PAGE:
The U.S. must remain a market leader in the satellite sector, said Energy and Commerce Ranking Member Frank Pallone

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Photo of Lago Argentino Department, Santa Cruz Province, Argentina

February 3, 2023 – The number of satellites in the communications marketplace will continue to increase, Rep. Frank Pallone, Jr, D- N.J., ranking member of the House Energy and Commerce Committee, said during opening remarks at a Communications and Technology Subcommittee hearing on Thursday.

“Wireless carriers and phone manufacturers continue to build this capability into their networks and phones,” Pallone said.

“Quite simply, failing to ensure that the United States remains a market leader in this sector risks our nation falling behind our counterparts across the globe, including China, in producing cutting-edge consumer innovations and fortifying our public safety and national security capabilities,” Pallone said.

FCC disbursing another $30 million from Emergency Connectivity Fund

The Federal Communications Commission announced on Wednesday that it will commit more than $30 million from the Emergency Connectivity Fund, which helps students stay connected to the internet when not in school.

The newly announced award is expected to fund applications from all three previous application windows, and will support more than 200 schools, 15 libraries, and 1 consortium.

Thus far, the program has provided support to approximately 10,000 schools, 10,000 libraries, and 100 consortia, plus more than =$12 million in connected devices. Around $6.5 billion in funding commitments have been approved to date, approximately $4.1 billion is supporting applications from the first funding window, $833 million from the second window and $1.6 billion from the third window.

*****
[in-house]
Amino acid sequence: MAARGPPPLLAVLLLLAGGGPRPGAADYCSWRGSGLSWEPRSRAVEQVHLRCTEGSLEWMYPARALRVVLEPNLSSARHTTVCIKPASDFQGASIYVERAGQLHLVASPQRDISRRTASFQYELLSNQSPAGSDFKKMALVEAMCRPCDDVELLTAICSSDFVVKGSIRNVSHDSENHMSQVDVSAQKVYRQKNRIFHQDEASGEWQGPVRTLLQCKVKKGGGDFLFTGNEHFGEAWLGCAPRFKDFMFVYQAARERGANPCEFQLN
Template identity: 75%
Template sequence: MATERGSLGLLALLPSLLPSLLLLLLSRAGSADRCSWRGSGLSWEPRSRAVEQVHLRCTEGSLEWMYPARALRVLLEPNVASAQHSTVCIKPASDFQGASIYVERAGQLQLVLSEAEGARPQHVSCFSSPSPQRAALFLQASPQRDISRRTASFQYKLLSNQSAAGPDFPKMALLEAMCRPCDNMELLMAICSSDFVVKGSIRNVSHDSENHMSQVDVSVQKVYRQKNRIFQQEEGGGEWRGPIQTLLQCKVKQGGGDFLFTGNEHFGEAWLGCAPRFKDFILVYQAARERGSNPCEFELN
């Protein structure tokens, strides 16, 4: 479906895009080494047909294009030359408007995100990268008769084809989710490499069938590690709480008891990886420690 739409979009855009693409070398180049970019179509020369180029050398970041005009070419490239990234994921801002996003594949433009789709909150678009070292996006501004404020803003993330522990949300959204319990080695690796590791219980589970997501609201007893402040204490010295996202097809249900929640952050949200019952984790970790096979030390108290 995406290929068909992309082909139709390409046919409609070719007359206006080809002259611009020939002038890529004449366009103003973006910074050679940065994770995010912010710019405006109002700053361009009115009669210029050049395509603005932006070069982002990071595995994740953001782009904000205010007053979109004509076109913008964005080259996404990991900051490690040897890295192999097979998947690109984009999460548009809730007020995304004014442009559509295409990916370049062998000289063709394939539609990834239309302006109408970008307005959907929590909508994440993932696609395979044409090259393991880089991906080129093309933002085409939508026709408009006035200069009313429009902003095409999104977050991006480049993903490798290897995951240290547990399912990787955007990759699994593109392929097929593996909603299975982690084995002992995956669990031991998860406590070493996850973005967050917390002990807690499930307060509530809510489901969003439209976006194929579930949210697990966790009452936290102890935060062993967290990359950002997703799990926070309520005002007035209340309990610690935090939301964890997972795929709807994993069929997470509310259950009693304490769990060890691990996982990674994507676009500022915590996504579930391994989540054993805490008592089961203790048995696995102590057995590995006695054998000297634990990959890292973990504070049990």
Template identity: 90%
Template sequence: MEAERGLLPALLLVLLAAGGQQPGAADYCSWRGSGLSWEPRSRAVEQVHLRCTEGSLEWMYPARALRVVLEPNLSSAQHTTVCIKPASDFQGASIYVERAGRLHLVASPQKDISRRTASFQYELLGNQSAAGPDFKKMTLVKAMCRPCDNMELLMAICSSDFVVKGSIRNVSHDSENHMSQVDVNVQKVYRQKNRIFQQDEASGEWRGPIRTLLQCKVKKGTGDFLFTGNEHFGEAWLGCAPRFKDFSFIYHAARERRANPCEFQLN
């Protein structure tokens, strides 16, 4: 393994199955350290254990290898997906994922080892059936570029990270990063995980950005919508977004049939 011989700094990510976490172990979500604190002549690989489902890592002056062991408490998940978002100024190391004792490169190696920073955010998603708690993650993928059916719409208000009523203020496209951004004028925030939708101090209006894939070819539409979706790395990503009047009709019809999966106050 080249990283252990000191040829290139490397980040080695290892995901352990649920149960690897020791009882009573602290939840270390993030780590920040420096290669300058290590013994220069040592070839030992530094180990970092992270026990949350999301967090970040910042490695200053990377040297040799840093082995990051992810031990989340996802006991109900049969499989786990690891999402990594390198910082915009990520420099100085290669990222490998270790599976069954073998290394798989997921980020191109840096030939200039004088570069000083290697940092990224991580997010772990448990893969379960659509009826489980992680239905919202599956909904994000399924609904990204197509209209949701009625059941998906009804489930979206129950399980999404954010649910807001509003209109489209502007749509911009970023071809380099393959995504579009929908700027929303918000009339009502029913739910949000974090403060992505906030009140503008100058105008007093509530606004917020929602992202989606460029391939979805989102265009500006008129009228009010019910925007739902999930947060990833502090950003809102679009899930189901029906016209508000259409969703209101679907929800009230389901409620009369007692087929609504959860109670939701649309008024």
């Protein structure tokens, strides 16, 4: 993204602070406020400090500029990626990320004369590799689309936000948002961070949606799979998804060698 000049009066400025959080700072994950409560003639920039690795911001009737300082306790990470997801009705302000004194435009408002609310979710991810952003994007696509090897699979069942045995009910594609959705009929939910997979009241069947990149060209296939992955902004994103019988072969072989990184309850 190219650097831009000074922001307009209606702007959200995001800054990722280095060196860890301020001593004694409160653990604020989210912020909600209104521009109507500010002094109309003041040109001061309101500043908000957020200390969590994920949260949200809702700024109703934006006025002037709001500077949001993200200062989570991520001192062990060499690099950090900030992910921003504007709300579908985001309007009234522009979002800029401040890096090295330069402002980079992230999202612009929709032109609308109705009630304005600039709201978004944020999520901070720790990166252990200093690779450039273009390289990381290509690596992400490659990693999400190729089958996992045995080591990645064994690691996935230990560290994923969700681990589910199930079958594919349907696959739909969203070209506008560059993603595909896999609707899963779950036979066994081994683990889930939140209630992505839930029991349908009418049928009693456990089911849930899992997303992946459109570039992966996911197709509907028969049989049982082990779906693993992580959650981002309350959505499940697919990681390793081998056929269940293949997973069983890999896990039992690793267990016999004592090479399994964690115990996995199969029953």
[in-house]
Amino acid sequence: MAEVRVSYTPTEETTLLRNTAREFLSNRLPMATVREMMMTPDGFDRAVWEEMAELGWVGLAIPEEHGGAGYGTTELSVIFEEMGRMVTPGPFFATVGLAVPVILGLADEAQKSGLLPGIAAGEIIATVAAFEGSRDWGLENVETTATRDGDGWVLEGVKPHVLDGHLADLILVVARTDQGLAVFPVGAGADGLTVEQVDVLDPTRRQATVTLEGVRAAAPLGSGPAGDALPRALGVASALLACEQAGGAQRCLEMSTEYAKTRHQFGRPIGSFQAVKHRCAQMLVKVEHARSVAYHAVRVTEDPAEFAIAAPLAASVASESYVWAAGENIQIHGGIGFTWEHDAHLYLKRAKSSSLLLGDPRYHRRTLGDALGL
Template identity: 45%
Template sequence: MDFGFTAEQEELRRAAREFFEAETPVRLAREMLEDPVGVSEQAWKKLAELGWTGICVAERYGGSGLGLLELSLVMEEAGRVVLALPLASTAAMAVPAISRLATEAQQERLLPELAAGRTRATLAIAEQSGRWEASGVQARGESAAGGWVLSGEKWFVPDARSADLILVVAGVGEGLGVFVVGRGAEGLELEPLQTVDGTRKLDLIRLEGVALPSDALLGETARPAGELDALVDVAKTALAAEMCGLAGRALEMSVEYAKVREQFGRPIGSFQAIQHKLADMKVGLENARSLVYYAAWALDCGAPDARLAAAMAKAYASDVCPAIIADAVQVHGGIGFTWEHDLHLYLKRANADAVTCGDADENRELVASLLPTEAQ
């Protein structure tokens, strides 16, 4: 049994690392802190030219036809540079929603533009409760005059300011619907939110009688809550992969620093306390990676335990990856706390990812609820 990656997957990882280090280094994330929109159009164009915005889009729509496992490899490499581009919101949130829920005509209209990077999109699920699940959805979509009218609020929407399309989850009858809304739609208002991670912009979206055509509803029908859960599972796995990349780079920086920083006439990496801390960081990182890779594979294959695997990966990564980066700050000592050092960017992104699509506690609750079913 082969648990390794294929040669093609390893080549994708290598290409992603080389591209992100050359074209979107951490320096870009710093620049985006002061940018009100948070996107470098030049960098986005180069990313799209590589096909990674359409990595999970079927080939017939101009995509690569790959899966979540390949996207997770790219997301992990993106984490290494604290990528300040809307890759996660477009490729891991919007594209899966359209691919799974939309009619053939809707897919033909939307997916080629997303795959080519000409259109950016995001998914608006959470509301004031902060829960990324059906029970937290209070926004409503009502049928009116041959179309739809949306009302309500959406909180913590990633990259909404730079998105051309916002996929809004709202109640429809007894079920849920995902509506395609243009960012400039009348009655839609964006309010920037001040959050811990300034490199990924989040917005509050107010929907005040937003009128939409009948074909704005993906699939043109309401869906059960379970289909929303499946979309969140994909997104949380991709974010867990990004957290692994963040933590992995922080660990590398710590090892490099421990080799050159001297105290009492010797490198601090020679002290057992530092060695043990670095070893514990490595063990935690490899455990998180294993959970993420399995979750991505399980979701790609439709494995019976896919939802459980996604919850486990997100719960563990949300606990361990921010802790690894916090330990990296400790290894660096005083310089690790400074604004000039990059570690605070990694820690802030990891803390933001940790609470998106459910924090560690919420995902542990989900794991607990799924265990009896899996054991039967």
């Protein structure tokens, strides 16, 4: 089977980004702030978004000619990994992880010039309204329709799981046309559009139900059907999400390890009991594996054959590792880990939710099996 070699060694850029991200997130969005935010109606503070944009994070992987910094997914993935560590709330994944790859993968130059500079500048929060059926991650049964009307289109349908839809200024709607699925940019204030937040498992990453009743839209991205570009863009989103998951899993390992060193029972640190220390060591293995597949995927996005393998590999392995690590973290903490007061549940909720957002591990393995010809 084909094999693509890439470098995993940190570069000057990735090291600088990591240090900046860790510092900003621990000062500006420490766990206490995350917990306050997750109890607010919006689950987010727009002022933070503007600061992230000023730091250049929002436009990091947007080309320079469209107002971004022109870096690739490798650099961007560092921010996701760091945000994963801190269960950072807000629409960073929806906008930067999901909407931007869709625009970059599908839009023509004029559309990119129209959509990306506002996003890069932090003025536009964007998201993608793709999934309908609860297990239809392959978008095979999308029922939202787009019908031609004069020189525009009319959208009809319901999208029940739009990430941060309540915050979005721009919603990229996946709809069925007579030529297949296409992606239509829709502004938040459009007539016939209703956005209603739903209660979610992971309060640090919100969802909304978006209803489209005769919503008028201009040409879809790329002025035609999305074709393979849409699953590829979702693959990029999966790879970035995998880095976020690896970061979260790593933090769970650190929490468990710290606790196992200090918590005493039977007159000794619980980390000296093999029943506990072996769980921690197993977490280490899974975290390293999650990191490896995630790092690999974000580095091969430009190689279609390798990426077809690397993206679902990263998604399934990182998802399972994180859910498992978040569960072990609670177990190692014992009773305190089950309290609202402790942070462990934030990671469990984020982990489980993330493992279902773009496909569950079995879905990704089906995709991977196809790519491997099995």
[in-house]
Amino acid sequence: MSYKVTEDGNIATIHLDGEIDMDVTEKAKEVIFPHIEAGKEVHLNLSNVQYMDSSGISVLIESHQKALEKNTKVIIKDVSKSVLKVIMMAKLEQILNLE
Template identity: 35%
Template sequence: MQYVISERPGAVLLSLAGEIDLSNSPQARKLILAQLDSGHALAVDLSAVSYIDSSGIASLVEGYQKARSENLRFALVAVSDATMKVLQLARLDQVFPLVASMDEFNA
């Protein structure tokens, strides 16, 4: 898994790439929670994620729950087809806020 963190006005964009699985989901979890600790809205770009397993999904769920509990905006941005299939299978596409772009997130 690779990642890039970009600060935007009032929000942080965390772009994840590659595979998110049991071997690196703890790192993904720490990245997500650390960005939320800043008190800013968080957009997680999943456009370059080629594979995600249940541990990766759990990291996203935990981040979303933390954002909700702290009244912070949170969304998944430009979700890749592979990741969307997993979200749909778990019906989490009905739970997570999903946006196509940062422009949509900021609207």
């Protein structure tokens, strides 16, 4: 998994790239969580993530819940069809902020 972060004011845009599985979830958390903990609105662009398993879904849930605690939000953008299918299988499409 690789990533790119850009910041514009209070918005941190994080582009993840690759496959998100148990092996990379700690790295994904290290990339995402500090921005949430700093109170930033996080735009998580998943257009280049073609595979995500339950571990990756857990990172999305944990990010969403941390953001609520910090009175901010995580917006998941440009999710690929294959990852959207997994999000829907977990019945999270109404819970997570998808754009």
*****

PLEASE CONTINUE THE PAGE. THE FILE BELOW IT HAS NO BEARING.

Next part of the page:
$7 million competition by NTIA to promote development of 5G

National Telecommunications and Information Administration announced the launch of the 2023 5G Challenge with the Defense Department l. It’s purpose is to accelerate the adoption and development of an open and interoperable multi-vendor environment for the 5G wireless standard. “ Such an ecosystem will spur a more competitive and diverse telecommunications supply chain, drive down costs for consumers and network operators, and bolster U.S. leadership in the wireless sector.”

“A competitive wireless ecosystem is vital for our domestic and economic security. The research conducted from this competition will benefit everything from our cellphones to the secure radio networks needed for our national defense,” said Alan Davidson, Assistant Secretary of Commerce and head of the NTIA.

Participants are required to create 5G equipment prototypes and then test to see if their subsystems can connect to other contestant’s equipment. For specific application and registration information, see the NTIA website .

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Broadband Roundup

Apple and Google Called ‘Gatekeepers,’ Huawei Trade Restrictions, Meta’s Antitrust Win

The NTIA claims that Apple and Google take advantage of their app stores to put unfair limitations on their competitors.

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Photo of NTIA Administrator Alan Davidson in 2017 by New America, used with permission

February 1, 2023 — Apple and Google are “gatekeepers” of the mobile app market, placing unfair limitations on competitors and ultimately harming consumers, according to a report issued Wednesday by the Commerce Department’s National Telecommunications and Information Administration.